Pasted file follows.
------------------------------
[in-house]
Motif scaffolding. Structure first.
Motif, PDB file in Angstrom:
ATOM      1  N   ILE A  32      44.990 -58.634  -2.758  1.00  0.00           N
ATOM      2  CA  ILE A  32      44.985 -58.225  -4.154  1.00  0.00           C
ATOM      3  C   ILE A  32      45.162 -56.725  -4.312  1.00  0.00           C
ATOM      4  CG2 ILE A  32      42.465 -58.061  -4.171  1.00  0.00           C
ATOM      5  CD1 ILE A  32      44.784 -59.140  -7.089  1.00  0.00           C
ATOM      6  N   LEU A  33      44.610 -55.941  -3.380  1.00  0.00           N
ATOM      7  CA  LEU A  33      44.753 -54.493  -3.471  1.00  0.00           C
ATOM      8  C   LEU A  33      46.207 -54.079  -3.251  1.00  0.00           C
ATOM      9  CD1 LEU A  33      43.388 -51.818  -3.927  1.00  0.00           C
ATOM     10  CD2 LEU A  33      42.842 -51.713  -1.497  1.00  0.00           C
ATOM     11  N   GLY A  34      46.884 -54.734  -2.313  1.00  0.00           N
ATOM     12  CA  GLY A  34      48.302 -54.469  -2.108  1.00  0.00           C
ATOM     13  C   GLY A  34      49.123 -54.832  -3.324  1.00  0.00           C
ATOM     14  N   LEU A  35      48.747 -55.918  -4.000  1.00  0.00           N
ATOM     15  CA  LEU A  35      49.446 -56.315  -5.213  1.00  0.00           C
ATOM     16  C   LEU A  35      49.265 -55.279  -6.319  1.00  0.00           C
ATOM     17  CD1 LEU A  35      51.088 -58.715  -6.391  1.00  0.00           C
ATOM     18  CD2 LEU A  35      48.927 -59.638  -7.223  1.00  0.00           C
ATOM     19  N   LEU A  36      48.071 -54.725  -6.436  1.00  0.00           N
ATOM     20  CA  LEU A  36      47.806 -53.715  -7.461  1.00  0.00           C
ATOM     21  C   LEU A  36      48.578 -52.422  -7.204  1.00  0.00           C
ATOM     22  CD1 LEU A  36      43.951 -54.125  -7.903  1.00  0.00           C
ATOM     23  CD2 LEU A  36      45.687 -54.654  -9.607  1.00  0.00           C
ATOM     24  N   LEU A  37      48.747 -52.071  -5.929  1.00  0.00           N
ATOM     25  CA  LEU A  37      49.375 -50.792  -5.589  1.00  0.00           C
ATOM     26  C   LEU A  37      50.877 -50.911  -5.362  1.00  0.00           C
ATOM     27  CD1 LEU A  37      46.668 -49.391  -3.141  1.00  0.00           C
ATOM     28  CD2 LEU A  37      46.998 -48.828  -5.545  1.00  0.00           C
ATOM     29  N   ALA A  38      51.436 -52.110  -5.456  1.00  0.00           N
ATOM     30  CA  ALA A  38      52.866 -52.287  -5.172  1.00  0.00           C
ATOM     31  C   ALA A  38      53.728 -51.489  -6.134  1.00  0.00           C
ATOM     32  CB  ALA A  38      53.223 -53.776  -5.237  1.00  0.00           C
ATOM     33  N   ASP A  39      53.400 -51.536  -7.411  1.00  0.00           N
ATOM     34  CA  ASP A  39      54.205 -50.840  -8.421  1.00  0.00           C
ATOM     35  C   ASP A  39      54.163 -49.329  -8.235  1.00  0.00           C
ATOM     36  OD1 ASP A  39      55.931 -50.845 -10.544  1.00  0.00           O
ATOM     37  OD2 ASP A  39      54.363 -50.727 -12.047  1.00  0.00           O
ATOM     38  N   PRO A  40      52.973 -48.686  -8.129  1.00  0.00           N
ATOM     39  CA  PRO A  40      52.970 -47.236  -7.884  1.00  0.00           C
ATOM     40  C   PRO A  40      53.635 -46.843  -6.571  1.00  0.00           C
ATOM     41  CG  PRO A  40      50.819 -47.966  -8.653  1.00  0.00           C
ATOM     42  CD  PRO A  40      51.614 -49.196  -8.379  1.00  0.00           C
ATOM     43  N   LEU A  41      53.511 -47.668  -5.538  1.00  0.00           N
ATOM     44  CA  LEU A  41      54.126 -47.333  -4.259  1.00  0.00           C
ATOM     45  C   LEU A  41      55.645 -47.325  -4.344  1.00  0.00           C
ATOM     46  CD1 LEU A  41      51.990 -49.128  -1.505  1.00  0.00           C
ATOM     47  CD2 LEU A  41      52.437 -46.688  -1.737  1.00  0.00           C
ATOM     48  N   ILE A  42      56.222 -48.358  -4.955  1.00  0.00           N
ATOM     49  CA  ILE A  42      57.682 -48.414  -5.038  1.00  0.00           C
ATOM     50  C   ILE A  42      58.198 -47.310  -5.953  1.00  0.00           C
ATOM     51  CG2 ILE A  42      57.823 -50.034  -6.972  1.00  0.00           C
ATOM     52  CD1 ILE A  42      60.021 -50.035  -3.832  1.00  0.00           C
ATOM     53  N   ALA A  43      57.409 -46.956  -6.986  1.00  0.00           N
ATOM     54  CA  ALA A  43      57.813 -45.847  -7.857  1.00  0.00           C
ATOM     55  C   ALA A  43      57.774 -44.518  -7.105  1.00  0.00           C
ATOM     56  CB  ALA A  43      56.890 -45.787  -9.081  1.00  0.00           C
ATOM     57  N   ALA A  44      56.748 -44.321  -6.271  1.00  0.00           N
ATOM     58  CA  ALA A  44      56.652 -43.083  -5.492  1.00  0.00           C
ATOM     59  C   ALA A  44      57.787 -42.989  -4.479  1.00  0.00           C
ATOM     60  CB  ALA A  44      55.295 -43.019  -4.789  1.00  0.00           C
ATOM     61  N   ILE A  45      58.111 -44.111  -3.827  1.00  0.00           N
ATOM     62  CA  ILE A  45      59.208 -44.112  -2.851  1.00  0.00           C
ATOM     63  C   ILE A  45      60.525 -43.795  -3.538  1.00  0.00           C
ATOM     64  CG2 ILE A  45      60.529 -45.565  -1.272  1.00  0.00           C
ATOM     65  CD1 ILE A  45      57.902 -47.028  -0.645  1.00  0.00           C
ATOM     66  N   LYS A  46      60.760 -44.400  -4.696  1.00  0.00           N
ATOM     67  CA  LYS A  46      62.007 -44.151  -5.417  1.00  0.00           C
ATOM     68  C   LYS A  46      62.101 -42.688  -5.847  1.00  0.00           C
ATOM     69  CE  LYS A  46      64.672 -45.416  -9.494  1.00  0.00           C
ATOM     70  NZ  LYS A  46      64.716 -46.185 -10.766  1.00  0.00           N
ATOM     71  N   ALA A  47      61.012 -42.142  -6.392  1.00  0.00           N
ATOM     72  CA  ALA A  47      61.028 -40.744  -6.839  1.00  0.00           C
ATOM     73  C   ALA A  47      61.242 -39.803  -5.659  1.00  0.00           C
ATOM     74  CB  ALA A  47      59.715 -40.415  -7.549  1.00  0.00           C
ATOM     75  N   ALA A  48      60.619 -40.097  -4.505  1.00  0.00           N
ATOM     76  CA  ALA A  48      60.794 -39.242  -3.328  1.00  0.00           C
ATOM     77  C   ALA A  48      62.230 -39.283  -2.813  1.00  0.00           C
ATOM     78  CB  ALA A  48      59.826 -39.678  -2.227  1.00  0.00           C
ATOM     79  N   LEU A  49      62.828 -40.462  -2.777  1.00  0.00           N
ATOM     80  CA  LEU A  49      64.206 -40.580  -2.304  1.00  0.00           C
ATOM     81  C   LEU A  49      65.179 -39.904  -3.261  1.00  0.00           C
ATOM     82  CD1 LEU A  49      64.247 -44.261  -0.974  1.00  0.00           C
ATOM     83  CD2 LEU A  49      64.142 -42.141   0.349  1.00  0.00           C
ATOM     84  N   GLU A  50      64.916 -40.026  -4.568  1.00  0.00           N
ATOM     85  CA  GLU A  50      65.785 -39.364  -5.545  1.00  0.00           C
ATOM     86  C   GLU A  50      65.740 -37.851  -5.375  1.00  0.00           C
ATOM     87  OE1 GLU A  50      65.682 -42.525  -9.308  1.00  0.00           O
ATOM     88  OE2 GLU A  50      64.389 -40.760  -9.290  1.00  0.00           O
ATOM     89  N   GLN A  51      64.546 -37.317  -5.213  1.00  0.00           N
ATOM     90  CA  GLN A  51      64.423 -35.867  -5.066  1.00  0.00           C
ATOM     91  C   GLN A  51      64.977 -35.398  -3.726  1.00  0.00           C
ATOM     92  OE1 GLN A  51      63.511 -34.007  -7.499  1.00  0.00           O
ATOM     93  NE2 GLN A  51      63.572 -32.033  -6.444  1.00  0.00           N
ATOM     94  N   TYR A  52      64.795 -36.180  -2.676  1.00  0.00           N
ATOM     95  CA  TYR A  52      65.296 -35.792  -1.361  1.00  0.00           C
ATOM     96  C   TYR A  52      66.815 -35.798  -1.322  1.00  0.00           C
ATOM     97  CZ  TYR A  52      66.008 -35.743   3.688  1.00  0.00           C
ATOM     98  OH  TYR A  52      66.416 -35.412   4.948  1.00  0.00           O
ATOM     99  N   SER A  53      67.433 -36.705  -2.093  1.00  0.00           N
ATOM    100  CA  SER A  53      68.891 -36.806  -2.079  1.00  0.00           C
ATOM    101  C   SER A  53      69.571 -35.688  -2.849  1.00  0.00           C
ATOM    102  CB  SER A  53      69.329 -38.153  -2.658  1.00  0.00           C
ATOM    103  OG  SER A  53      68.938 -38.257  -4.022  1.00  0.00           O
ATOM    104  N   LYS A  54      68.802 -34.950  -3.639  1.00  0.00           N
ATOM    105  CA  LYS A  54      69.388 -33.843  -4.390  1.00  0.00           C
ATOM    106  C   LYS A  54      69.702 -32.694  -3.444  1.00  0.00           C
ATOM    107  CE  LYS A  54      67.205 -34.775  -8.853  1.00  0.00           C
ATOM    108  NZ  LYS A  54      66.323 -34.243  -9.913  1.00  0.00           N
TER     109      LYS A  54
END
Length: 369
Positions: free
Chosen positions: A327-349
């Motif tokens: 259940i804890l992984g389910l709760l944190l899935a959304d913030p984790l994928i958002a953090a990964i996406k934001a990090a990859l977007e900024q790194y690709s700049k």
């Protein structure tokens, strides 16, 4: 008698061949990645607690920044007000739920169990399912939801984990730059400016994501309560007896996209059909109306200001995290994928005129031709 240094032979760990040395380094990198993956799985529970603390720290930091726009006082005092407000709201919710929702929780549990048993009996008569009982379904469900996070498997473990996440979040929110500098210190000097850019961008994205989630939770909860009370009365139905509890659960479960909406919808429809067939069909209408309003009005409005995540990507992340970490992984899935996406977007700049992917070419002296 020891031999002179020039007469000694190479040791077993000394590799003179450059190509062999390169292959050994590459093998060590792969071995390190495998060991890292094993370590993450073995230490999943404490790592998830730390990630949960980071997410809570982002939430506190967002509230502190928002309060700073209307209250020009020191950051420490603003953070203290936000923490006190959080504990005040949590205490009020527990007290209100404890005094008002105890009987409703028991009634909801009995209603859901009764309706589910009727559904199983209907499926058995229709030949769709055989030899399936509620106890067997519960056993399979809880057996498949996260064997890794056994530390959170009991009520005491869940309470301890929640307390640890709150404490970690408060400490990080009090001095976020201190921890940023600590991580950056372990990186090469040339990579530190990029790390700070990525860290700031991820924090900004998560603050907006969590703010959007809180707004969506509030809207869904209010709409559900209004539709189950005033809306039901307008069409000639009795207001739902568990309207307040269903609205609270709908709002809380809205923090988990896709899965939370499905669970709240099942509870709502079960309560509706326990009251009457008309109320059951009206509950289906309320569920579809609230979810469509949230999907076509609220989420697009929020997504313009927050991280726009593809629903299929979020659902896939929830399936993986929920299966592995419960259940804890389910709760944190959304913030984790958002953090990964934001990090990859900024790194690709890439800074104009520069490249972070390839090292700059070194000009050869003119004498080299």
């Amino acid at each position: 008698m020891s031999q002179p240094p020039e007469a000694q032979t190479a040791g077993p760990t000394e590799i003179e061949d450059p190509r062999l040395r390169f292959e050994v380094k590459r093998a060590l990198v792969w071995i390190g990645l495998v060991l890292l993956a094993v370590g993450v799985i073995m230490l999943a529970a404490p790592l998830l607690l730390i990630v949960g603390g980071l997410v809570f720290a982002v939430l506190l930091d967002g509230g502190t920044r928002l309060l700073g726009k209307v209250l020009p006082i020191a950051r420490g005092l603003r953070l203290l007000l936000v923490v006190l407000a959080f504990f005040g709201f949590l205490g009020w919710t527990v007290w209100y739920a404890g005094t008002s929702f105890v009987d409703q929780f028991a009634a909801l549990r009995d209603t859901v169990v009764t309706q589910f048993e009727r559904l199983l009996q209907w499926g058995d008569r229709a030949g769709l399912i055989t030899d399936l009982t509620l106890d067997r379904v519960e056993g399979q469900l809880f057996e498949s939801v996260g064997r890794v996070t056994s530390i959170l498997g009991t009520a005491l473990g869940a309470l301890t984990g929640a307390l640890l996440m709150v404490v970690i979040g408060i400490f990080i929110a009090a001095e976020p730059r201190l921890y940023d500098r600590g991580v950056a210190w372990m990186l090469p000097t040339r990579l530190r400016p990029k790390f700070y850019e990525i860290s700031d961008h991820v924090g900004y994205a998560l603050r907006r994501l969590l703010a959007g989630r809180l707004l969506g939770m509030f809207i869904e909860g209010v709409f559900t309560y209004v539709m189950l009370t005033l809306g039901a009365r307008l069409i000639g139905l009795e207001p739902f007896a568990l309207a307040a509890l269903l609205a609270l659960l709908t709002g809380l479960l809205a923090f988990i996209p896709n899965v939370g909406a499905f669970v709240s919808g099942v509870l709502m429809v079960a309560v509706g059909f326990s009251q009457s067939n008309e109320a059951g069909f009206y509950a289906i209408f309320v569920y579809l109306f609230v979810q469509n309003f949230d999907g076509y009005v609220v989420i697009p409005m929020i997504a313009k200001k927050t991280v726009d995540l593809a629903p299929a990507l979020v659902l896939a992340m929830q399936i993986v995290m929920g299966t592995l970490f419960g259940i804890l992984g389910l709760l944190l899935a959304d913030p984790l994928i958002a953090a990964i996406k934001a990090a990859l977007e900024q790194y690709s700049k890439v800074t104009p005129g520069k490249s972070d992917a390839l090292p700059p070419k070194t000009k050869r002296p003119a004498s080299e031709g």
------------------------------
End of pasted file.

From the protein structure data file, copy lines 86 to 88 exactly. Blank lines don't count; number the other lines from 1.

ATOM     83  CD2 LEU A  49      64.142 -42.141   0.349  1.00  0.00           C
ATOM     84  N   GLU A  50      64.916 -40.026  -4.568  1.00  0.00           N
ATOM     85  CA  GLU A  50      65.785 -39.364  -5.545  1.00  0.00           C